The influence of repetitive thermal stresses on the dominance of reef-building Acropora spp. (Scleractinia) on coral reefs of the Maldive Islands

The influence of repetitive thermal stresses on the dominance of reef-building Acropora spp.... The distribution and size-age structure of Acropora corals were studied in two Maldivian atolls that differ in their geographic position and sea surface temperature regimes. The frequency and strength of thermal anomalies for the last 2 decades had a significant influence on the abundance, mortality rates, and age structures of acroporid communities. The long-term temperature amplitude was higher and the maxima were more pronounced in the northernmost Ihavandippolu Atoll than those in the equatorial South Huvadhoo Atoll. These differences resulted in a 10.4% mean cover of Acropora at Ihavandippolu Atoll, whereas the Acropora cover in the South Huvadhoo Atoll reached 59.5%. In the northern atoll, the coral mortality rate after the 2010 thermal anomaly was 3 times higher than that in the southern atoll. Younger acroporid colonies (up to 2 years old) dominated the northern atoll reefs, while the southern atoll showed a high proportion of older mature colonies. In both atolls, healthy table colonies of Acropora cytherea with a disk diameter greater than 2 m were observed that apparently survived three thermal anomalies since 1998. The mechanisms of acclimatization of Acropora and the prospects for its dominance in the Maldives under changing environmental conditions are discussed. http://www.deepdyve.com/assets/images/DeepDyve-Logo-lg.png Russian Journal of Marine Biology Springer Journals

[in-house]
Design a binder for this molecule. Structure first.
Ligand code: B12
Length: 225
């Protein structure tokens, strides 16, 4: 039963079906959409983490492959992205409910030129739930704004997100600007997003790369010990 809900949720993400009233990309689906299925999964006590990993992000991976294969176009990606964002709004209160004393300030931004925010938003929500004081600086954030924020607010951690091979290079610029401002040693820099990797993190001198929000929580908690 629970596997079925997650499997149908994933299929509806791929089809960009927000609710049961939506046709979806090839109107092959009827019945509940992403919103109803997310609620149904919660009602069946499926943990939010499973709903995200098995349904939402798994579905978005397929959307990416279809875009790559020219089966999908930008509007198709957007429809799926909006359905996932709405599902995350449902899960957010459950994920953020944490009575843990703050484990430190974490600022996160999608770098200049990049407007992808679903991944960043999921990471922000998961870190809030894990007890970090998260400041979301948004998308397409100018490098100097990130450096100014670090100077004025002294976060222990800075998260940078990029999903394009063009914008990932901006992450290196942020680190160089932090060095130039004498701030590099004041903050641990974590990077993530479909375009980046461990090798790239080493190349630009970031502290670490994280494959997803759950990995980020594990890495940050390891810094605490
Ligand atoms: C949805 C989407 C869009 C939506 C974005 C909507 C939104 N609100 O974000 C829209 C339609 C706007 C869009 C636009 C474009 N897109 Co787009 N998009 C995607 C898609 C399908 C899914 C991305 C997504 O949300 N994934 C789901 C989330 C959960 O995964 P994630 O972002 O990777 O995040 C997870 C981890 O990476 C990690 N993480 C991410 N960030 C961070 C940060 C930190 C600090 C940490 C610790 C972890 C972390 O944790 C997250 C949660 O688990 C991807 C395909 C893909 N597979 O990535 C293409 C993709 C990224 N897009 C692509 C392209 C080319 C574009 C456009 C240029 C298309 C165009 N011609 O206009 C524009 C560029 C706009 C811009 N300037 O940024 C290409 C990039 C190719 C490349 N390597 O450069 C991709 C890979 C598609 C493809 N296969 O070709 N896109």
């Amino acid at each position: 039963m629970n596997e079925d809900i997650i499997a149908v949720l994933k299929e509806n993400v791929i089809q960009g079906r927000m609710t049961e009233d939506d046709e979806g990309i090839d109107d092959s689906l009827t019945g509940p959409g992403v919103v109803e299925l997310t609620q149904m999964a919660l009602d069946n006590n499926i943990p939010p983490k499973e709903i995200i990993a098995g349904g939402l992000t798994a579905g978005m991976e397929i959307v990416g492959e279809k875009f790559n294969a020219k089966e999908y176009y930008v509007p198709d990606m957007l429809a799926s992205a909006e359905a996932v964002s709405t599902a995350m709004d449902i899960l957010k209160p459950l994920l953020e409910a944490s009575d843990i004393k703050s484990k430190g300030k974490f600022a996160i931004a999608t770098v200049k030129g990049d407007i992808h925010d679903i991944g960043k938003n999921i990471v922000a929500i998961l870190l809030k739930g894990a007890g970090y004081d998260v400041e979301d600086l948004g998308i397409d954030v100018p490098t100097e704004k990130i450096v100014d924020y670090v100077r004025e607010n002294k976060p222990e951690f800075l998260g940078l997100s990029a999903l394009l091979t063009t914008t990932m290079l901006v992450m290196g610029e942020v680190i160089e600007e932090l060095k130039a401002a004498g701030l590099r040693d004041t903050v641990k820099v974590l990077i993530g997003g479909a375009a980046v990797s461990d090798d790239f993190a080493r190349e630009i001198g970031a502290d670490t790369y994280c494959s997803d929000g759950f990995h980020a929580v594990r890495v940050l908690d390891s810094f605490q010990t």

The influence of repetitive thermal stresses on the dominance of reef-building Acropora spp. (Scleractinia) on coral reefs of the Maldive Islands

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Publisher
Springer Journals
Copyright
Copyright © 2014 by Pleiades Publishing, Ltd.
Subject
Life Sciences; Freshwater & Marine Ecology
ISSN
1063-0740
eISSN
1608-3377
D.O.I.
10.1134/S1063074014040105
Publisher site
See Article on Publisher Site

Abstract

The distribution and size-age structure of Acropora corals were studied in two Maldivian atolls that differ in their geographic position and sea surface temperature regimes. The frequency and strength of thermal anomalies for the last 2 decades had a significant influence on the abundance, mortality rates, and age structures of acroporid communities. The long-term temperature amplitude was higher and the maxima were more pronounced in the northernmost Ihavandippolu Atoll than those in the equatorial South Huvadhoo Atoll. These differences resulted in a 10.4% mean cover of Acropora at Ihavandippolu Atoll, whereas the Acropora cover in the South Huvadhoo Atoll reached 59.5%. In the northern atoll, the coral mortality rate after the 2010 thermal anomaly was 3 times higher than that in the southern atoll. Younger acroporid colonies (up to 2 years old) dominated the northern atoll reefs, while the southern atoll showed a high proportion of older mature colonies. In both atolls, healthy table colonies of Acropora cytherea with a disk diameter greater than 2 m were observed that apparently survived three thermal anomalies since 1998. The mechanisms of acclimatization of Acropora and the prospects for its dominance in the Maldives under changing environmental conditions are discussed.

Journal

Russian Journal of Marine BiologySpringer Journals

Published: Aug 30, 2014

References

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